The following was translated from an original statement in Spanish by COFADEH (below). An article in Spanish on COFADEH's human rights journalism website can be found here.
Comité de Familiares de Detenidos Desaparecidos en Honduras
ONCE AGAIN FORCED DISAPPEARANCE IS BEING IMPLEMENTED IN HONDURAS
The Committee of Relatives of the Detained and Disappeared in Honduras (COFADEH), with great concern, would like to inform the international community, and the Honduran population in particular, that the practice of forced disappearance is once again being systematically implemented in Honduras, as demonstrated by the following cases.
1. Osmin Obando Cáceres (age 22), son of Eliodoro Cáceres, Coordinator of the National Popular Resistance Front (FNRP) in Tela, department of Atlántida, has been disappeared since Sunday, June 13, 2010 at 4:30 PM when he was driving his taxi and told his family that he couldn't speak to them by phone because he was surrounded by police.
The taxi appeared abandoned that same day around 6:30PM in the community of Los Cedros, in the jurisdiction of Tela.
After his disappearance, the family received false calls, one caller claiming that Osmin was in the hospital in Tela and another that claimed that he was dead in the community of Las Palmas. Relatives went to verify each of the calls and neither was true.
2. Denis Alexander Russel (age 19) was captured in an operation of the Special Anti-Kidnapping Taskforce (GEAS) on July 13, 2010. The operation was commanded by Vice Minister of Security Armando Calidonio and police spokesperson Juan Rochez.
His mother, Carlota Anariva, denounced that the day he was taken away he had been with her buying groceries, and when they returned to the house she left him to park the car and suddenly the neighbours came to tell her that her son had been taken away. He was a student in the Instituto de la Patria in La Lima, Department of Cortés.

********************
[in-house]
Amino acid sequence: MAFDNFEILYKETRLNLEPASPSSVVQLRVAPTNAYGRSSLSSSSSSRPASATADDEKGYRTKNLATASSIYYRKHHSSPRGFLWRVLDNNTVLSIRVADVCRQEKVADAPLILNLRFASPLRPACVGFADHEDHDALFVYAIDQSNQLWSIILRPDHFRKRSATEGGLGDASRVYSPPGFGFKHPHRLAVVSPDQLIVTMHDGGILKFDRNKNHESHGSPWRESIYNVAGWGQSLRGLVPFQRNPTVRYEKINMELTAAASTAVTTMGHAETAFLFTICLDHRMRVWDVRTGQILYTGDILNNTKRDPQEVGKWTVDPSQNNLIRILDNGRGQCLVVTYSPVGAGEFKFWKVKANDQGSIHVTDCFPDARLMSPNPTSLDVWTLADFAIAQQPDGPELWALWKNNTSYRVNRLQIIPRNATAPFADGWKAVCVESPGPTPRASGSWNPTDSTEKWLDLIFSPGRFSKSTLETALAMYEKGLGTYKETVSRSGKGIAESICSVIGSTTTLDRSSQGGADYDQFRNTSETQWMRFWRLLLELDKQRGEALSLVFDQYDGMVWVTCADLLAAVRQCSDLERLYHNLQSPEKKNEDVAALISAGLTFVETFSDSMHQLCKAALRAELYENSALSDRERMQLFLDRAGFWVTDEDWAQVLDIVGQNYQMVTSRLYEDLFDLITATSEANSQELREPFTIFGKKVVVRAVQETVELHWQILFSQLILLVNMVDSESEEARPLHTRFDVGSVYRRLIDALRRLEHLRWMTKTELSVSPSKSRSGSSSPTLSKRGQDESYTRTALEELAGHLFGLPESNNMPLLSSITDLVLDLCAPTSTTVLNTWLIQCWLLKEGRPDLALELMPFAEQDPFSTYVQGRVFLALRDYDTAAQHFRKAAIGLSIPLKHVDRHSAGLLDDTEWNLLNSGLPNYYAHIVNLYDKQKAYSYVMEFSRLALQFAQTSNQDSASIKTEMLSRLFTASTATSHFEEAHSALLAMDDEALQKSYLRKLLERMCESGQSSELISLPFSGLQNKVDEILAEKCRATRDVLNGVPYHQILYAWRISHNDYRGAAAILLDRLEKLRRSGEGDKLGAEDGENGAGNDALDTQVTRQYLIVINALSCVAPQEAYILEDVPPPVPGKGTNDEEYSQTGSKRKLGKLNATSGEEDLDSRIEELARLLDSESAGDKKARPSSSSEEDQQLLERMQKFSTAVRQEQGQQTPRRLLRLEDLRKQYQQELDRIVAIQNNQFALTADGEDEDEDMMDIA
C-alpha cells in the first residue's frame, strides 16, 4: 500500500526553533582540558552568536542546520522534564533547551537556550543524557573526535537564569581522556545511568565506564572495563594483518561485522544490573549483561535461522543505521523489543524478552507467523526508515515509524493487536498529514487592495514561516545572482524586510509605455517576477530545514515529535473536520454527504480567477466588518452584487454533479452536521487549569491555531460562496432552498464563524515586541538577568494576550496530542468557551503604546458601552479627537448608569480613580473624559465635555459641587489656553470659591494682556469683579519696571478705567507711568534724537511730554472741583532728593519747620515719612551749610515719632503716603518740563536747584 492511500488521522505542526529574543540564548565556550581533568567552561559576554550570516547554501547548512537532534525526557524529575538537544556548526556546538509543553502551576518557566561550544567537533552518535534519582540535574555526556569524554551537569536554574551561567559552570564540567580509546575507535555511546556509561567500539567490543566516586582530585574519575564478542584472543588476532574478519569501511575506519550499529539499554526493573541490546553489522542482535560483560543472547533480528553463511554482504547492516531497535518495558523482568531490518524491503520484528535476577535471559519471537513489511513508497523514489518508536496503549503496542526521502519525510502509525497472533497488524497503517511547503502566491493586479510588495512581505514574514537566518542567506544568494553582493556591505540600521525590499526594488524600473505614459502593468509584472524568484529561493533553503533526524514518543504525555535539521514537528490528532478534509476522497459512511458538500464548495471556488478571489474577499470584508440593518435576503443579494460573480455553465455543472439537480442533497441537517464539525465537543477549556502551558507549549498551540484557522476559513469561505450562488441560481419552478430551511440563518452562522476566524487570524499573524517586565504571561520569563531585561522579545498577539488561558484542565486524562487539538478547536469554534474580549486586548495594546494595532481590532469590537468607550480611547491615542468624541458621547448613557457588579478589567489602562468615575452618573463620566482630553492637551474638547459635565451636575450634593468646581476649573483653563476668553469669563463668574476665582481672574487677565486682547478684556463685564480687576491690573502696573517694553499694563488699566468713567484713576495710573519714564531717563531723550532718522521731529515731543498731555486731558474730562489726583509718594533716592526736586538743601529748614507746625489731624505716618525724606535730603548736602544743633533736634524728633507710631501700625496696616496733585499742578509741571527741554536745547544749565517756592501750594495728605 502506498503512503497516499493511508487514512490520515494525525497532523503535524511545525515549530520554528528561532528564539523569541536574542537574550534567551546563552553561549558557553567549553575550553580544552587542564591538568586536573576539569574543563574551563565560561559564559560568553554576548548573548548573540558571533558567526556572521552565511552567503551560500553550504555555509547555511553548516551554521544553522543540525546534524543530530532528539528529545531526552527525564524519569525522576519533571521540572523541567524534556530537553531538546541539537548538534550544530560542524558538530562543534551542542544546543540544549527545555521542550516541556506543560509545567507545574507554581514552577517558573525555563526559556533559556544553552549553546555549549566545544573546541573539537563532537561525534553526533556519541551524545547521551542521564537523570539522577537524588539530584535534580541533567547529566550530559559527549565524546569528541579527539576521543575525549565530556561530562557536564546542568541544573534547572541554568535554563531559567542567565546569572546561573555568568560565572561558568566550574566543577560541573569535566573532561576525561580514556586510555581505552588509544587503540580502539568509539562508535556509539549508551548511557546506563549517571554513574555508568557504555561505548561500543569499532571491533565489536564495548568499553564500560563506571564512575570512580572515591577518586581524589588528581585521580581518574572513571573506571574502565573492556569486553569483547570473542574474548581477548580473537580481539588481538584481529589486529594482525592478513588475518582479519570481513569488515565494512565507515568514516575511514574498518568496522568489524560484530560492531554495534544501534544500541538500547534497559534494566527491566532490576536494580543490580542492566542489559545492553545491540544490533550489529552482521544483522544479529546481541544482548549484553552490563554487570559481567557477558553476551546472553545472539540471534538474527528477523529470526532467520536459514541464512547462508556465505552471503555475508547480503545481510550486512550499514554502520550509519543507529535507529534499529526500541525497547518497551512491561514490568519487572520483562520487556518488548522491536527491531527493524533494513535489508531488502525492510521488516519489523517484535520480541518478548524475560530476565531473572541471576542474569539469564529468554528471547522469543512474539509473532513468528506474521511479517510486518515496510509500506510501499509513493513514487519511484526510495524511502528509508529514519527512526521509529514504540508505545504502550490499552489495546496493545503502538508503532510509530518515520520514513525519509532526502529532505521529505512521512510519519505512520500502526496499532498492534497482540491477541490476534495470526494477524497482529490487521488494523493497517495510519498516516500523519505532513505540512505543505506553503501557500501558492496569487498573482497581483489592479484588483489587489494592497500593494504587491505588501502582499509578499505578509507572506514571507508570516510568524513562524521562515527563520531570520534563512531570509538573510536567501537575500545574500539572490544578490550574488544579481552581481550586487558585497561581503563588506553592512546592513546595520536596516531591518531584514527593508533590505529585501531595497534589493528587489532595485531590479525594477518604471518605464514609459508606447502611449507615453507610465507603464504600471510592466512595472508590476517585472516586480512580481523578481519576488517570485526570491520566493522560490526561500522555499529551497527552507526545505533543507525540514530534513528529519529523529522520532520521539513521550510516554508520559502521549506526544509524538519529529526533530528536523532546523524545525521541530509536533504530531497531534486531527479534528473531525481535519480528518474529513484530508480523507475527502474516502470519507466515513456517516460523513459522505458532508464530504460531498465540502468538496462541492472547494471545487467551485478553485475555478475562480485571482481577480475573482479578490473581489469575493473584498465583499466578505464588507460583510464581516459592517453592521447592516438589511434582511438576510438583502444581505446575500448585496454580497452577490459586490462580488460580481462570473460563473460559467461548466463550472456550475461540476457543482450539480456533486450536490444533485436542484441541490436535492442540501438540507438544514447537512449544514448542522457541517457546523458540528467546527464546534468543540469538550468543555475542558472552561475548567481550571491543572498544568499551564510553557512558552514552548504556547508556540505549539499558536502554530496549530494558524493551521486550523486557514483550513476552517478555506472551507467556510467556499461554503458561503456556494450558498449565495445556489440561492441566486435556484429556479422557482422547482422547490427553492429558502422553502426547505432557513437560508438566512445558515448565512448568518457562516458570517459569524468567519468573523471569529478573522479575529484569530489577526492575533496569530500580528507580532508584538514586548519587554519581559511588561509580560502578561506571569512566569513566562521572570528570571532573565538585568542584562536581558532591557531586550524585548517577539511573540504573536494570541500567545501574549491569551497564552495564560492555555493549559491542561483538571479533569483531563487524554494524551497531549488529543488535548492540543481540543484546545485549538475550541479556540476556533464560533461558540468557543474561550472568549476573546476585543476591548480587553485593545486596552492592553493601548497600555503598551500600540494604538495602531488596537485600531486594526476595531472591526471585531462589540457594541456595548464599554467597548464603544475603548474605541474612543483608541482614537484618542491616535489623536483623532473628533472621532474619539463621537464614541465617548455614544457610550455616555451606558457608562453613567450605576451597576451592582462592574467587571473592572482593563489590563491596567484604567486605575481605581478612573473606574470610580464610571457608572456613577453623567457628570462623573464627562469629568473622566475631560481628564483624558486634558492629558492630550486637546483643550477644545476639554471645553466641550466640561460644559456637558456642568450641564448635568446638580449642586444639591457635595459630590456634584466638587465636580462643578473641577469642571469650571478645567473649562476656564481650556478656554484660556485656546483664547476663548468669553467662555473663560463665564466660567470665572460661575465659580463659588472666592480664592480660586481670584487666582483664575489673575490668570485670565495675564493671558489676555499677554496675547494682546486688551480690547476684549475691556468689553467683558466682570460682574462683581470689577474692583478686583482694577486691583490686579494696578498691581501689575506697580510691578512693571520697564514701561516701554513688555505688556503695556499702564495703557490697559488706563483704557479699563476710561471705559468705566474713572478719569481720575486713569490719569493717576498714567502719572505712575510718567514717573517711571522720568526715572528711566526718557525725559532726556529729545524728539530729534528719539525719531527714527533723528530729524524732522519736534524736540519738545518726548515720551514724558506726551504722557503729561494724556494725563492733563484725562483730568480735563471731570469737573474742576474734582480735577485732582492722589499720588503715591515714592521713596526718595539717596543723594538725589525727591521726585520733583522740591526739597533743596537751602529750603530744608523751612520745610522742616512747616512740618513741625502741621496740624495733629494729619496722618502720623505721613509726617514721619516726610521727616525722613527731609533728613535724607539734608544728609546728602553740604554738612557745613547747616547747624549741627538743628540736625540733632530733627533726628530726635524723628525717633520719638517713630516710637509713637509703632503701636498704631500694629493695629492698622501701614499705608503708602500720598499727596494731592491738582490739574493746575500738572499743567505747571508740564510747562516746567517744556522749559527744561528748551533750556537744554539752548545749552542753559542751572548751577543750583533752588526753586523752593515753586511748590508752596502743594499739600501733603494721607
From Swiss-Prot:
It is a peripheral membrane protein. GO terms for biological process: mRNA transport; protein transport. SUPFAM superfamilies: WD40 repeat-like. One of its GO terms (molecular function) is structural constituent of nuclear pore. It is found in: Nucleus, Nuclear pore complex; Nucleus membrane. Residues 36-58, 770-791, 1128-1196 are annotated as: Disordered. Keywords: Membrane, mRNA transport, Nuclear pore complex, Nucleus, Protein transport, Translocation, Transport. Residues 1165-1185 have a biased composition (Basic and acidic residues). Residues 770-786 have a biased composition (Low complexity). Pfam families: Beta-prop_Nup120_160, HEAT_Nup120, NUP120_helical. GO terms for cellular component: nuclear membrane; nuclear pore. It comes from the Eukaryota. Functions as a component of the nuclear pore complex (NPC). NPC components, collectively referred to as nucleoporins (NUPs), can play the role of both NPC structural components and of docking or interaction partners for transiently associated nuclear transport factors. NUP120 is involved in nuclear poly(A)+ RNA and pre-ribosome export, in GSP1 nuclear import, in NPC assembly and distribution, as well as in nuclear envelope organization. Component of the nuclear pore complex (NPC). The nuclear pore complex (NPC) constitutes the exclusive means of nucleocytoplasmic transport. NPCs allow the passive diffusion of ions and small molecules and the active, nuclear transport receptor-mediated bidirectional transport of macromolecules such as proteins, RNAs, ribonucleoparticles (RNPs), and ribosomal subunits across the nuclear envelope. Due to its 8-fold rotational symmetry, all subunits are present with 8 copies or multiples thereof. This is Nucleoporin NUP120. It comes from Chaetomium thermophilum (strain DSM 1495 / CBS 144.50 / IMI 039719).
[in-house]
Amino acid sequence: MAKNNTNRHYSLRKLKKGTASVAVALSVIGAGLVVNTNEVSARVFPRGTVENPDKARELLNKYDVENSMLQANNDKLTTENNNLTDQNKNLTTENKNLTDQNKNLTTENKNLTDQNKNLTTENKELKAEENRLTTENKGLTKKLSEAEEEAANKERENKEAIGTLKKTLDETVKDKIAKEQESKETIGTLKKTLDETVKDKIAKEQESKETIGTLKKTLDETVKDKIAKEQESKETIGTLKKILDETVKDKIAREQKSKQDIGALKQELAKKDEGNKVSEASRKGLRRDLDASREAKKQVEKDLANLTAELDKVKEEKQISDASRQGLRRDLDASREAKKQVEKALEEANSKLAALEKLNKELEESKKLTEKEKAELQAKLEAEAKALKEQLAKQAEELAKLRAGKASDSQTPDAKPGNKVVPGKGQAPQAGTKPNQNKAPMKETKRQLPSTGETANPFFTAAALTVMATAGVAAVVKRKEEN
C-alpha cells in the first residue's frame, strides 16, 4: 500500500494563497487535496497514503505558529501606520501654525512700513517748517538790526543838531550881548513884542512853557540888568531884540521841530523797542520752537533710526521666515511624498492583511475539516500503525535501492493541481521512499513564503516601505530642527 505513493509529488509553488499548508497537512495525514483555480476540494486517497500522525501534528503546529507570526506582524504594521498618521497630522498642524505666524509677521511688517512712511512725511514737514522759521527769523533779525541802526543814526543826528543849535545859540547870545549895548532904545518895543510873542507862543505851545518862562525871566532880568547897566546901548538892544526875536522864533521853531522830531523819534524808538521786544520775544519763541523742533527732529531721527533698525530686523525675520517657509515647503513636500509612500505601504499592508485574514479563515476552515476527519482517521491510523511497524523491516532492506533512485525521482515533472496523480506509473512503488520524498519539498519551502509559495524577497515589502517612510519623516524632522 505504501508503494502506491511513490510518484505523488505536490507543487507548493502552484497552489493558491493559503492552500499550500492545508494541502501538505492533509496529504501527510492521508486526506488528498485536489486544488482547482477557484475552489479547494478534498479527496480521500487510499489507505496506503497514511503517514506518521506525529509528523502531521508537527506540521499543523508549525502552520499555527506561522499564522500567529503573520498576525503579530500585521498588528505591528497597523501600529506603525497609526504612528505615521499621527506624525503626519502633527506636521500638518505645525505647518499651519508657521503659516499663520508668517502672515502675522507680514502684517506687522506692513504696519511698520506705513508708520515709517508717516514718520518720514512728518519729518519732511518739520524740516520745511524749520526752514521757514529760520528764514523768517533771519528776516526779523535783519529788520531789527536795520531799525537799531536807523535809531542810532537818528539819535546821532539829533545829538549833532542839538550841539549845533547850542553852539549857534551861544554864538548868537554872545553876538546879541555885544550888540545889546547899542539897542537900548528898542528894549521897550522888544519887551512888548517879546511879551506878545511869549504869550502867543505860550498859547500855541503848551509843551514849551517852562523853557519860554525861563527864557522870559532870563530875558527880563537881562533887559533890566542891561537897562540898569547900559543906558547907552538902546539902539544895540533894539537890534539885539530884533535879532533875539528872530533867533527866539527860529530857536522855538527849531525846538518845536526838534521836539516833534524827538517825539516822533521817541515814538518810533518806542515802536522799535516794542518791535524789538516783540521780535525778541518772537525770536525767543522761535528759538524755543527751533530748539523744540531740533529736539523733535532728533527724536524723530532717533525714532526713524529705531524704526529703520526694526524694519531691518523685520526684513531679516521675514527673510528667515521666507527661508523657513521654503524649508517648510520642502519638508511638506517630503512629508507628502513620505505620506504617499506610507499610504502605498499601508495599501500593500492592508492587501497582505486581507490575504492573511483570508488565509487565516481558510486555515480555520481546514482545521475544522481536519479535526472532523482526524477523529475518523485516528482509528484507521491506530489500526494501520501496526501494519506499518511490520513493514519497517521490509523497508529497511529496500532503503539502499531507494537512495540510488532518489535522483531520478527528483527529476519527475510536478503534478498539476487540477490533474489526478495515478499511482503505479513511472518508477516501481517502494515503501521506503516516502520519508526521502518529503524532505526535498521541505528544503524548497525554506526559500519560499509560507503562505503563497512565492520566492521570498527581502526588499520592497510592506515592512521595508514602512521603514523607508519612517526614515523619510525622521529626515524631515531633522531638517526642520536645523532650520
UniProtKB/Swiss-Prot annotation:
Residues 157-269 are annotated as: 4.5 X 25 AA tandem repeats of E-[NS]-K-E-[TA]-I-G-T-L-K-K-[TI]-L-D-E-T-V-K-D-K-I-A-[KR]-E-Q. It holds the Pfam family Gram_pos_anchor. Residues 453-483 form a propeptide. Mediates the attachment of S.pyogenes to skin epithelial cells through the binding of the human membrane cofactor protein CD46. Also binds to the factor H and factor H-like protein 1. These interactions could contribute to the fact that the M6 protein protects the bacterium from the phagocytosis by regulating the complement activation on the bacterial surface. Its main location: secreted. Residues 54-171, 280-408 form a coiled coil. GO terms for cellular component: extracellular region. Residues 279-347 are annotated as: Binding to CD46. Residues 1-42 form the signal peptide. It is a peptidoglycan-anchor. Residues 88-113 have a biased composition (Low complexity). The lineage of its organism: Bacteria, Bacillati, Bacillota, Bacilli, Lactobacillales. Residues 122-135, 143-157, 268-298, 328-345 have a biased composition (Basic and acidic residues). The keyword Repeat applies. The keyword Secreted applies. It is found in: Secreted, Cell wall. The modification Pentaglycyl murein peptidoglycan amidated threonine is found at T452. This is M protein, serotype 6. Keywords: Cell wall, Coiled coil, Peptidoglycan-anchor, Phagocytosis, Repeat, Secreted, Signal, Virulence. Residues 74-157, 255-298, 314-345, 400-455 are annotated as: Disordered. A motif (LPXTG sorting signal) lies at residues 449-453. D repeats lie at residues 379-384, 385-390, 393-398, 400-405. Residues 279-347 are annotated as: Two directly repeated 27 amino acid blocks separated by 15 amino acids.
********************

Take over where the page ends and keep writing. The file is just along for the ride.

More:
3. Luís Alexander Torres Casaleno, detained on July 20, 2010 by police agents while driving his motorcycle, after having passed a police checkpoint on the Corocito highway towards Tocoa, Colón. A few kilometers passed the checkpoint he was detained by four agents of the Preventative Police who were riding in a white unmarked double-cab pick-up truck and crossed in front of him on the highway. Two agents in uniform got out of the truck and put him into the vehicle, leaving his motorcycle behind. The motorcycle was retrieved by the Corocito police shortly afterwards. A habeas corpus was filed in his name and there has been no response to date.
4. Vilmar Edmundo Talavera Avilez, a police officer, was detained by the Border Police (Policía de Frontera y Análisis) on July 15, 2010 when he was riding a bus. He was detained after presenting his identification documents. Before his disappearance he was reportedly threatened by a police officer by the name of Tercero.
5. Samuel Josué Pastrana Molina was kidnapped on February 7, 2011 at 2:30 when armed men with ski masks entered the place he was in the department of El Paraíso, ordered those who were with him to place themselves on the ground and close there eyes, and they took him away.
6. Francisco Pascual López of the Rigores agricultural cooperative in Tocoa, Colón, is disappeared since May 15, 2011.